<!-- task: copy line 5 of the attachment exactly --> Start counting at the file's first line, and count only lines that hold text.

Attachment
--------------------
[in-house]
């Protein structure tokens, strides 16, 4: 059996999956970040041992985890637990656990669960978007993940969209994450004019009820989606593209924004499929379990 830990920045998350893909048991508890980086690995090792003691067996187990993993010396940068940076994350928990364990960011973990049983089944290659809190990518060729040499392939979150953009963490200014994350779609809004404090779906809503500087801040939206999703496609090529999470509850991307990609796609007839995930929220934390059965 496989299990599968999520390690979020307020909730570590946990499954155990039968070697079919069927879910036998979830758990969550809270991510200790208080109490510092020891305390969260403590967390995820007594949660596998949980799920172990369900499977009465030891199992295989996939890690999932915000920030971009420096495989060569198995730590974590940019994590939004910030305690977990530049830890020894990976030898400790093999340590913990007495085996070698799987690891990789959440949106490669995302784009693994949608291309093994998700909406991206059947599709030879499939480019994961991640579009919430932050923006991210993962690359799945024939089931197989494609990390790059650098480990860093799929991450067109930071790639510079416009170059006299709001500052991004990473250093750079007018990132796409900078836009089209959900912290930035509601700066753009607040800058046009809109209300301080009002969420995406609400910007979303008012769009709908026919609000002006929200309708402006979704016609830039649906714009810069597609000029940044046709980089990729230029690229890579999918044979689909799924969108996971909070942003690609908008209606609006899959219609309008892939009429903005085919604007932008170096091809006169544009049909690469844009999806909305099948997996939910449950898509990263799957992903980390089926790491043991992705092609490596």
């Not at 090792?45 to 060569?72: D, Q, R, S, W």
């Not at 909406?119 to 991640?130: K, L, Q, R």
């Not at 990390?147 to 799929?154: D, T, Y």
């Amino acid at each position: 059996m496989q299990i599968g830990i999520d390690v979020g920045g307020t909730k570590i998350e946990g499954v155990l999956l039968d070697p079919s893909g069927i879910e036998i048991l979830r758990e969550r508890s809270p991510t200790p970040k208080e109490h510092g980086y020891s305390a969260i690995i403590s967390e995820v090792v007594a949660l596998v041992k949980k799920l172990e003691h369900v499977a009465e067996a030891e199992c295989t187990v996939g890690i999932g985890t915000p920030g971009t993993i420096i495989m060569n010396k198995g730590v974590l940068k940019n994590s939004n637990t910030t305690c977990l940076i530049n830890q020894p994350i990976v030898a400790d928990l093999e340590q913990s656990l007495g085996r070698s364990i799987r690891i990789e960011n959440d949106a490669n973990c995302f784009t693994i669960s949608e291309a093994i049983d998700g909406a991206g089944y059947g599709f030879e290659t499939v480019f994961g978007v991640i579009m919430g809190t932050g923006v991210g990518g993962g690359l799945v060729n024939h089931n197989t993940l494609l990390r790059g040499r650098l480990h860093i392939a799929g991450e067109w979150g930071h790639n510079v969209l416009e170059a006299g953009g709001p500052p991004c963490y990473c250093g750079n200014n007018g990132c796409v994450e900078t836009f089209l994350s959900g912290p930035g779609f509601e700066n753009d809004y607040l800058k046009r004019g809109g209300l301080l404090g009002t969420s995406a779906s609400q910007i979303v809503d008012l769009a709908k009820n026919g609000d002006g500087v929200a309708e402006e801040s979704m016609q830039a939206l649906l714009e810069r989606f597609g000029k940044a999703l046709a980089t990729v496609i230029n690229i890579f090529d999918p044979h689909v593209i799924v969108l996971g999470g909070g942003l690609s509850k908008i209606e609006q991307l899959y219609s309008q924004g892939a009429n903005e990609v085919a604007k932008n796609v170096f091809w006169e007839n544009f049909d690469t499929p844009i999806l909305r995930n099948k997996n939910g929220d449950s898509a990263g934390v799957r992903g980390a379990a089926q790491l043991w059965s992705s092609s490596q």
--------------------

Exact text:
């Not at 990390?147 to 799929?154: D, T, Y």